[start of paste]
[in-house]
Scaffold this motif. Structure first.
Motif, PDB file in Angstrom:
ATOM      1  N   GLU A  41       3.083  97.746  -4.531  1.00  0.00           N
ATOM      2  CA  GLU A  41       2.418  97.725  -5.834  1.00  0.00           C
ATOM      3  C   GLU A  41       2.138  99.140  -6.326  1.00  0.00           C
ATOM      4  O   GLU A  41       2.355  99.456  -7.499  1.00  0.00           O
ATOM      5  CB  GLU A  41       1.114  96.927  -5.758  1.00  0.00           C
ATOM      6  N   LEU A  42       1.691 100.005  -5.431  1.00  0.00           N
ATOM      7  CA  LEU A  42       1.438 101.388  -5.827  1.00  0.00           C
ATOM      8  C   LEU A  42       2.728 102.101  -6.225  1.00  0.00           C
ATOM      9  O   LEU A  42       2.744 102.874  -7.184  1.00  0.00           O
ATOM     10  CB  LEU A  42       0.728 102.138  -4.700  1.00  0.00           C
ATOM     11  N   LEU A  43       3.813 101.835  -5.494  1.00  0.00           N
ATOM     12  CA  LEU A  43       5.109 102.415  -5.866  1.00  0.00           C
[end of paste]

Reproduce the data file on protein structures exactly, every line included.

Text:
[in-house]
Scaffold this motif. Structure first.
Motif, PDB file in Angstrom:
ATOM      1  N   GLU A  41       3.083  97.746  -4.531  1.00  0.00           N
ATOM      2  CA  GLU A  41       2.418  97.725  -5.834  1.00  0.00           C
ATOM      3  C   GLU A  41       2.138  99.140  -6.326  1.00  0.00           C
ATOM      4  O   GLU A  41       2.355  99.456  -7.499  1.00  0.00           O
ATOM      5  CB  GLU A  41       1.114  96.927  -5.758  1.00  0.00           C
ATOM      6  N   LEU A  42       1.691 100.005  -5.431  1.00  0.00           N
ATOM      7  CA  LEU A  42       1.438 101.388  -5.827  1.00  0.00           C
ATOM      8  C   LEU A  42       2.728 102.101  -6.225  1.00  0.00           C
ATOM      9  O   LEU A  42       2.744 102.874  -7.184  1.00  0.00           O
ATOM     10  CB  LEU A  42       0.728 102.138  -4.700  1.00  0.00           C
ATOM     11  N   LEU A  43       3.813 101.835  -5.494  1.00  0.00           N
ATOM     12  CA  LEU A  43       5.109 102.415  -5.866  1.00  0.00           C